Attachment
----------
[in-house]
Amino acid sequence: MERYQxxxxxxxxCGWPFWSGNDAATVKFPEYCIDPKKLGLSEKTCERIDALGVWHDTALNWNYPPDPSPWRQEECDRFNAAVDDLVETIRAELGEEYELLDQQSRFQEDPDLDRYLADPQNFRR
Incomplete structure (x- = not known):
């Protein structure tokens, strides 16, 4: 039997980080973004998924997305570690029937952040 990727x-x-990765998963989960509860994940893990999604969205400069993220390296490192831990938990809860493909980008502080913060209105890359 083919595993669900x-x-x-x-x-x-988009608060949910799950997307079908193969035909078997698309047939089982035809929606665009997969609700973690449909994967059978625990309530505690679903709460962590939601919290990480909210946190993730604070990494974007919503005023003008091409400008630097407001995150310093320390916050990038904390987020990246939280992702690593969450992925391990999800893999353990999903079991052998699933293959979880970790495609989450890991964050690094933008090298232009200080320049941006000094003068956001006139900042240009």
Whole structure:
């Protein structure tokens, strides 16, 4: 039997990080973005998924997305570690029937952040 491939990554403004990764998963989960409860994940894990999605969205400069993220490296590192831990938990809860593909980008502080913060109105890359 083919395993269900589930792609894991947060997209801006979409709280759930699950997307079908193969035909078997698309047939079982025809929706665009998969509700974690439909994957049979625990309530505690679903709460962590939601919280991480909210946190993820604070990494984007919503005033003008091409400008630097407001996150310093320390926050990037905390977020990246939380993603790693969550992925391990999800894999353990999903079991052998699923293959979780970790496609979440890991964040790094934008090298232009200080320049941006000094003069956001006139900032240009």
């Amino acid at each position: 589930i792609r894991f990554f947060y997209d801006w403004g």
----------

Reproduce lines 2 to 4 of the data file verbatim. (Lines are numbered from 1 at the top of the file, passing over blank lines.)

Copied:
Amino acid sequence: MERYQxxxxxxxxCGWPFWSGNDAATVKFPEYCIDPKKLGLSEKTCERIDALGVWHDTALNWNYPPDPSPWRQEECDRFNAAVDDLVETIRAELGEEYELLDQQSRFQEDPDLDRYLADPQNFRR
Incomplete structure (x- = not known):
């Protein structure tokens, strides 16, 4: 039997980080973004998924997305570690029937952040 990727x-x-990765998963989960509860994940893990999604969205400069993220390296490192831990938990809860493909980008502080913060209105890359 083919595993669900x-x-x-x-x-x-988009608060949910799950997307079908193969035909078997698309047939089982035809929606665009997969609700973690449909994967059978625990309530505690679903709460962590939601919290990480909210946190993730604070990494974007919503005023003008091409400008630097407001995150310093320390916050990038904390987020990246939280992702690593969450992925391990999800893999353990999903079991052998699933293959979880970790495609989450890991964050690094933008090298232009200080320049941006000094003068956001006139900042240009």